A big thank you to Ray Kwong on this supportive piece, published on Nov 24 2011 and titled “SlutWalk comes to HK taking stand against sexual violence”! The original link is: http://tinyurl.com/7wovw3v. Please find his piece below:
“I don’t think we’d be seeing similar protests in Beijing or Shanghai anytime soon, but I’d like to call your attention to an important upcoming event here in Hong Kong that you all should be aware of.
“It’s called SlutWalk Hong Kong. And it’s not exactly what you think.
“Some history: Speaking at a crime prevention safety forum in January this year, Toronto police constable Michael Sanguinetti put his foot in his mouth by suggesting that women “should avoid dressing like sluts” to prevent sexual attacks.
“That victim-blaming gaffe set the wheels in motion, sparking a movement that began in Canada, spread to virtually every major city in the US and is now sweeping the world.
“Angie Ng, founder of SlutWalk Hong Kong, says the intent of the event is to take a stand against sexual violence and the misconceptions surrounding it. “SlutWalk supports victims and survivors, and puts the blame where it belongs… on those who commit it,” she said.
“To make it clear, sexual assault goes beyond rape. By definition, it’s any involuntary sexual act in which a person is threatened, coerced, or forced to engage against their will. This includes any sexual touching of a person without consent.
“In Hong Kong, sexual assaults are on the rise, with nearly 1,500 incidents reported in 2010, according to Hong Kong Police Force statistics.
“A study conducted by RainLily, a crisis management and support organization for women who have experienced sexual violence, revealed 78.9 percent of the victims knew or had prior contact with the assailants. In particular, 39.3 percent of the assailants were friends, 13.2 percent were intimate opposite-sex partners, and 19.8 percent were family members. Only 21.1 percent of the assailants were strangers.
“Irene Ng, a RainLily service coordinator commented: “For many, rape is an unspeakable trauma. Victims usually feel guilty and ashamed of themselves. They suffer from mood swings over trivial things. Some of them become socially withdrawn, with their trust in people shattered. Some have problems with dating, marriage and sex. More seriously, half of the victims have self-mutilating behavior as they think life is no longer worth living.”
“SlutWalk Hong Kong happens on Sunday, December 4, at 3 p.m. Supporters will march from Causeway Bay to Wanchai, where there will be an informative rally with personal testimonials and guest speakers including Dr Yau Ching of Lingnan University. Yau is the author of five books including “As Normal as Possible: Negotiating Sexuality and Gender in Mainland China and Hong Kong,” and is also an award-winning filmmaker, poet and media artist.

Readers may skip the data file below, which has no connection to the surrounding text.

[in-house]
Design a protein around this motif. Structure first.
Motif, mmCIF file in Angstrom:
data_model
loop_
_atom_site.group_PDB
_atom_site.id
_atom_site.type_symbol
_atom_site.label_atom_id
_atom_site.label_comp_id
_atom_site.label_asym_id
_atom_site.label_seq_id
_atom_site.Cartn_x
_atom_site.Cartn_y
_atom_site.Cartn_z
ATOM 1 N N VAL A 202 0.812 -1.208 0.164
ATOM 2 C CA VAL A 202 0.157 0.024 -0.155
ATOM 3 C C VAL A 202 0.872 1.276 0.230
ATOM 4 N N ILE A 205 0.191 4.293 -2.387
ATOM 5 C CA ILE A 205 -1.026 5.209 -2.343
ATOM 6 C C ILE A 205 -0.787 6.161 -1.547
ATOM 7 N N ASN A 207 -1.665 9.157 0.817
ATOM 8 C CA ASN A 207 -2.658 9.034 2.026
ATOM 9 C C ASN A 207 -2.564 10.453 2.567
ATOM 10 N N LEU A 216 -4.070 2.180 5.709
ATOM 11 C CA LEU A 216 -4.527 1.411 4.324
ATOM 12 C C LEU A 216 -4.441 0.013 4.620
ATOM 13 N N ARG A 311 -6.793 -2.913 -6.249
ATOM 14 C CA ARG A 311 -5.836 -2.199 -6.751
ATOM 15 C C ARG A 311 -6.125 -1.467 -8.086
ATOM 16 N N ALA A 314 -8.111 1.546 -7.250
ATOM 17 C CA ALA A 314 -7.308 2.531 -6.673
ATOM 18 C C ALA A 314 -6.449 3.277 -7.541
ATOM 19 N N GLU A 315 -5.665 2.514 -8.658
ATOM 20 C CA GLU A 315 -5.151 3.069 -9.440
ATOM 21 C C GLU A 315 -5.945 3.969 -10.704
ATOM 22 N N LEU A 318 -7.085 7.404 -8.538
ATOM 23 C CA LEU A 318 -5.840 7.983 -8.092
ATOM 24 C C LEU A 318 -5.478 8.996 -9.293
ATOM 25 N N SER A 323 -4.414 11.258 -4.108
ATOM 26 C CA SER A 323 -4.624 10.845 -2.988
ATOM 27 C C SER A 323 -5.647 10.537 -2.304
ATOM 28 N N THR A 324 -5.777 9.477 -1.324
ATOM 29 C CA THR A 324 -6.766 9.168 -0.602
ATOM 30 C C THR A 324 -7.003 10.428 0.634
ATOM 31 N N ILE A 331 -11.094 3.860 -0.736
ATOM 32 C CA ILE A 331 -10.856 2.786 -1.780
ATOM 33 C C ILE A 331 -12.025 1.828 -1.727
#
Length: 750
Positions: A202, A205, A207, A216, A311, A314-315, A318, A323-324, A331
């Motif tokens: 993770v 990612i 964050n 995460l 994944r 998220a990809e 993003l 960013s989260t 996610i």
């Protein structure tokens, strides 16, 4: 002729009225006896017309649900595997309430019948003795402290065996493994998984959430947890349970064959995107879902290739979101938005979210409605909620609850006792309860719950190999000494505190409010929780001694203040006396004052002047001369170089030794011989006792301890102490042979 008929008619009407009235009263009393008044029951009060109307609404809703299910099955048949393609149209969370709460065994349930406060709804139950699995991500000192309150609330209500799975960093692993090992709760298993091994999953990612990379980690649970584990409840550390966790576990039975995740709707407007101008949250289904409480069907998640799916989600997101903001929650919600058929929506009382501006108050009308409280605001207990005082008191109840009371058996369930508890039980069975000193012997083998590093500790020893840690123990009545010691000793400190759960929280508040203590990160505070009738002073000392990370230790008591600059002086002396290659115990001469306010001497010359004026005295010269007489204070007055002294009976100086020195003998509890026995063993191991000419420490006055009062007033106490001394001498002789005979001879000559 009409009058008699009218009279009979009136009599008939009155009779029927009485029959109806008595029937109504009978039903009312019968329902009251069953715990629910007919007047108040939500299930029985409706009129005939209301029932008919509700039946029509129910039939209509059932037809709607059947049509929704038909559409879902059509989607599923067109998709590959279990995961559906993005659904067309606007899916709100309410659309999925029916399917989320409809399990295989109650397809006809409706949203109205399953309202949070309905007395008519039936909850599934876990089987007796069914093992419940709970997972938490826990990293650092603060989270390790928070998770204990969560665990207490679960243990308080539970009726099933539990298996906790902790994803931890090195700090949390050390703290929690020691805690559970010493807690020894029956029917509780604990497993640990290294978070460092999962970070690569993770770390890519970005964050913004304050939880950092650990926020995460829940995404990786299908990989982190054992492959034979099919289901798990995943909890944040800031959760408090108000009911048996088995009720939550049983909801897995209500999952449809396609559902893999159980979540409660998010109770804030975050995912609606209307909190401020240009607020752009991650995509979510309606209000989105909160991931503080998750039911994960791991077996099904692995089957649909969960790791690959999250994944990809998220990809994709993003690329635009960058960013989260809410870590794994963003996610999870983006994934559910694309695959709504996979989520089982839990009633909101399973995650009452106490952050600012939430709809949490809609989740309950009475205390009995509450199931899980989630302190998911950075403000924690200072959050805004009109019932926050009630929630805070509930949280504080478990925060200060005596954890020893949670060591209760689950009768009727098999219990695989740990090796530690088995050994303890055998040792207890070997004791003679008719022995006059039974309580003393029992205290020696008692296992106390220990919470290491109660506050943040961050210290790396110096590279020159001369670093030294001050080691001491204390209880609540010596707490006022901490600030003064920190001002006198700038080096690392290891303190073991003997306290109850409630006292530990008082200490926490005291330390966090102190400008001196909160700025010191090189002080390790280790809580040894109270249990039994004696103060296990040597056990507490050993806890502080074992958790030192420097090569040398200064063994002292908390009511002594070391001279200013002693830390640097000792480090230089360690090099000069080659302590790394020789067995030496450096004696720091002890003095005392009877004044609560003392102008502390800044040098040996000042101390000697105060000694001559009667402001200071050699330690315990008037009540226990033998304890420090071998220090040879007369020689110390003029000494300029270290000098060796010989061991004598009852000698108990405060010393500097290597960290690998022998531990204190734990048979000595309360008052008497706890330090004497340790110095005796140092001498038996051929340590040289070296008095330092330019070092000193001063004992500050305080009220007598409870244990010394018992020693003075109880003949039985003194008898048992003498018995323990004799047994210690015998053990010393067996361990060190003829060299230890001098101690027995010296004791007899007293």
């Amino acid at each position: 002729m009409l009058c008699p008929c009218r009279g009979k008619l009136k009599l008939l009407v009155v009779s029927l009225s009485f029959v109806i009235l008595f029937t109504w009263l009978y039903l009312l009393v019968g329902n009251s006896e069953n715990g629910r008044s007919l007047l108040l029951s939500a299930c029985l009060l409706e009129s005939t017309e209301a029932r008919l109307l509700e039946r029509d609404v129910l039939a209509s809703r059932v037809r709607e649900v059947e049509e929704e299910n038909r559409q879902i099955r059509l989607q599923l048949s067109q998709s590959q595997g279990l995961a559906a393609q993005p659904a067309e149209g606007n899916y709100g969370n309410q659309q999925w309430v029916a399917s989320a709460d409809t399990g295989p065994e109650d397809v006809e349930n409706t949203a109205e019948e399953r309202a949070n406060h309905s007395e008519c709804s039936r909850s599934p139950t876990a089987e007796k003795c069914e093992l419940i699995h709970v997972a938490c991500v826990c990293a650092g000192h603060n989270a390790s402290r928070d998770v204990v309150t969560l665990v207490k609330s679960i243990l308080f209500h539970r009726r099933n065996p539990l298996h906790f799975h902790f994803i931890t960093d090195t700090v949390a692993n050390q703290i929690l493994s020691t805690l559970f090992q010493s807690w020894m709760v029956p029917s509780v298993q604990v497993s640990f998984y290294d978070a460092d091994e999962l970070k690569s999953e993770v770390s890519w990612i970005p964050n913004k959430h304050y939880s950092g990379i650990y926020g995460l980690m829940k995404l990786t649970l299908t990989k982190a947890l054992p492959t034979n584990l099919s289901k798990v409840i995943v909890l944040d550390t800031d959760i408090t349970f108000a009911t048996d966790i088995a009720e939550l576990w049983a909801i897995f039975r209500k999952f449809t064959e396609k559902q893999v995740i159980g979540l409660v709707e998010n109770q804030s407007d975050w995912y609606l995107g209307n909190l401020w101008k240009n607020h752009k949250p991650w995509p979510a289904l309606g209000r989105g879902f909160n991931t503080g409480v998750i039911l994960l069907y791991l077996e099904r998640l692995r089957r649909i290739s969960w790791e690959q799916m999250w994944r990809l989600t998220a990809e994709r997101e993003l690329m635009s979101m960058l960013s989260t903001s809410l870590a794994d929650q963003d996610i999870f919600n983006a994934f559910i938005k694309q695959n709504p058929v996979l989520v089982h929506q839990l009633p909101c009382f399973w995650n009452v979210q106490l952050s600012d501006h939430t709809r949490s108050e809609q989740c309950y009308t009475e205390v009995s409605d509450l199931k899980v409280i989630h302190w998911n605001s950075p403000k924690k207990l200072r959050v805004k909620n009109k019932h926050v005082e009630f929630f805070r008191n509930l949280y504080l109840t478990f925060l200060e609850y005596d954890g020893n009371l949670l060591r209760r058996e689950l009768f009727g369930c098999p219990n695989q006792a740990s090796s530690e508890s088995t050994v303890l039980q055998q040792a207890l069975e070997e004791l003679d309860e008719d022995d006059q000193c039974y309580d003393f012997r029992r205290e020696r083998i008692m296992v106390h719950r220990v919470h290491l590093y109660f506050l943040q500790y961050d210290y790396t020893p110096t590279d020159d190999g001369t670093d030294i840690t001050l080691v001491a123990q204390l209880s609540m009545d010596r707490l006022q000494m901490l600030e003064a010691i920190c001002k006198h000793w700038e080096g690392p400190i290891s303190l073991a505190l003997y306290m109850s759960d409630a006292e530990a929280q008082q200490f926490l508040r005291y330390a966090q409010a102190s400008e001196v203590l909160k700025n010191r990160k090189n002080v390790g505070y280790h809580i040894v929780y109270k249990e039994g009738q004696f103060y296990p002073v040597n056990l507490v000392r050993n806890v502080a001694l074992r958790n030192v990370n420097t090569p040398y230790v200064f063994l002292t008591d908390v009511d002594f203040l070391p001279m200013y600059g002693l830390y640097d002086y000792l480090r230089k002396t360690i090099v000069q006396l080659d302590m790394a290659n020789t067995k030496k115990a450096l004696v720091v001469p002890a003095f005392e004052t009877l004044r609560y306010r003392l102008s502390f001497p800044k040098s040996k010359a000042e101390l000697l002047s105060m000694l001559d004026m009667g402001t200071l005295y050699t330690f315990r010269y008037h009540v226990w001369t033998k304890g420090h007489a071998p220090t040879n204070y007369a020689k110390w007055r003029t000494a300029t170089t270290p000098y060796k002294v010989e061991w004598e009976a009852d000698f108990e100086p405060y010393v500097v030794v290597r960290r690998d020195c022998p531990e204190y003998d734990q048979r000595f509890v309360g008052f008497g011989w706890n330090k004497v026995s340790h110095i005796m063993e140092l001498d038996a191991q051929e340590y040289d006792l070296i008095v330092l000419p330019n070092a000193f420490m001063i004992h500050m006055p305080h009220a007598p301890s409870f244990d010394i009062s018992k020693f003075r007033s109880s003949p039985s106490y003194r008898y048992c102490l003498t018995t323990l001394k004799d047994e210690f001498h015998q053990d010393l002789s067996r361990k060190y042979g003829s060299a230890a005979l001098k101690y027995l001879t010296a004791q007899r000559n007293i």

“Expectations for the original SlutWalk, organized by Heather Jarvis and Sonya Barnett in Toronto, were modest — they hoped for 200 supporters at the most — but they ended up with a crowd of more than 3,000. Some wore jeans and tees, “others in outfits more appropriate for a Victoria’s Secret fashion show: lingerie and stilettos,” wrote the Huffington Post.
““The idea that there is some aesthetic that attracts sexual assault or even keeps you safe from sexual assault is inaccurate, ineffective and even dangerous,” Jarvis told HuffPo. She recalled a sign at the march that read: “It was Christmas day. I was 14 and raped in a stairwell wearing snowshoes and layers. Did I deserve it too?”
“Indeed, at the nearly 80 SlutWalks around the globe to date, actual rape survivors have worn the clothes they had been assaulted in, “from pajamas to thigh-high boots, carrying signs that said, ‘This Is What I Was Wearing When I Was Raped,’” according a story in The Nation.
“SlutWalks have popped up in cities as diverse as New York, Chicago, Los Angeles, Boston, Dallas, London, Berlin, Buenos Aires, Cape Town, New Delhi and Mexico City.
“SlutWalk Hong Kong will be held the same day as SlutWalks in Singapore, Kuala Lumpur and Bangalore. People of all ages, ethnic backgrounds, sexual preferences and gender identities are welcome. And I’m going to try my personal best to be there, too. For additional information about SlutWalk Hong Kong, please go to slutwalkhongkong.wordpress.com/.”